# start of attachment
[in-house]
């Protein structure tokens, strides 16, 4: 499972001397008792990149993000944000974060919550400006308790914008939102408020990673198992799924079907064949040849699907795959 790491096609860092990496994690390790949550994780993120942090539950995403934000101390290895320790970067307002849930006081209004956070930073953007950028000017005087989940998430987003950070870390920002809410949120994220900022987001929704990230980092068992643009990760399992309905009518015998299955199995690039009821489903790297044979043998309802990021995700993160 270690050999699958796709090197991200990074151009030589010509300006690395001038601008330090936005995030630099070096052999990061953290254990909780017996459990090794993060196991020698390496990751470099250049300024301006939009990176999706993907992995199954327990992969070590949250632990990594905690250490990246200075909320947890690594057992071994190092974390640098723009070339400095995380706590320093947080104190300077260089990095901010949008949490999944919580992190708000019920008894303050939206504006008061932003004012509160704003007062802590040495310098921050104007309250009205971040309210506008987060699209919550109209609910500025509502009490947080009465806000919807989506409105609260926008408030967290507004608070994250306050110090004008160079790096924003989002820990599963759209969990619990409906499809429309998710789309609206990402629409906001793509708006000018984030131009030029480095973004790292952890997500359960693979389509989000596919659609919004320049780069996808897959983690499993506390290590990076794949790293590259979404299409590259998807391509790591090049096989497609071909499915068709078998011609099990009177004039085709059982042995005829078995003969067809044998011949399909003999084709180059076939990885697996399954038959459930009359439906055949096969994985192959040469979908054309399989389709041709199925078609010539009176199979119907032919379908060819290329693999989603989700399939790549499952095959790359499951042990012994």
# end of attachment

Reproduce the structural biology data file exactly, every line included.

[in-house]
């Protein structure tokens, strides 16, 4: 499972001397008792990149993000944000974060919550400006308790914008939102408020990673198992799924079907064949040849699907795959 790491096609860092990496994690390790949550994780993120942090539950995403934000101390290895320790970067307002849930006081209004956070930073953007950028000017005087989940998430987003950070870390920002809410949120994220900022987001929704990230980092068992643009990760399992309905009518015998299955199995690039009821489903790297044979043998309802990021995700993160 270690050999699958796709090197991200990074151009030589010509300006690395001038601008330090936005995030630099070096052999990061953290254990909780017996459990090794993060196991020698390496990751470099250049300024301006939009990176999706993907992995199954327990992969070590949250632990990594905690250490990246200075909320947890690594057992071994190092974390640098723009070339400095995380706590320093947080104190300077260089990095901010949008949490999944919580992190708000019920008894303050939206504006008061932003004012509160704003007062802590040495310098921050104007309250009205971040309210506008987060699209919550109209609910500025509502009490947080009465806000919807989506409105609260926008408030967290507004608070994250306050110090004008160079790096924003989002820990599963759209969990619990409906499809429309998710789309609206990402629409906001793509708006000018984030131009030029480095973004790292952890997500359960693979389509989000596919659609919004320049780069996808897959983690499993506390290590990076794949790293590259979404299409590259998807391509790591090049096989497609071909499915068709078998011609099990009177004039085709059982042995005829078995003969067809044998011949399909003999084709180059076939990885697996399954038959459930009359439906055949096969994985192959040469979908054309399989389709041709199925078609010539009176199979119907032919379908060819290329693999989603989700399939790549499952095959790359499951042990012994």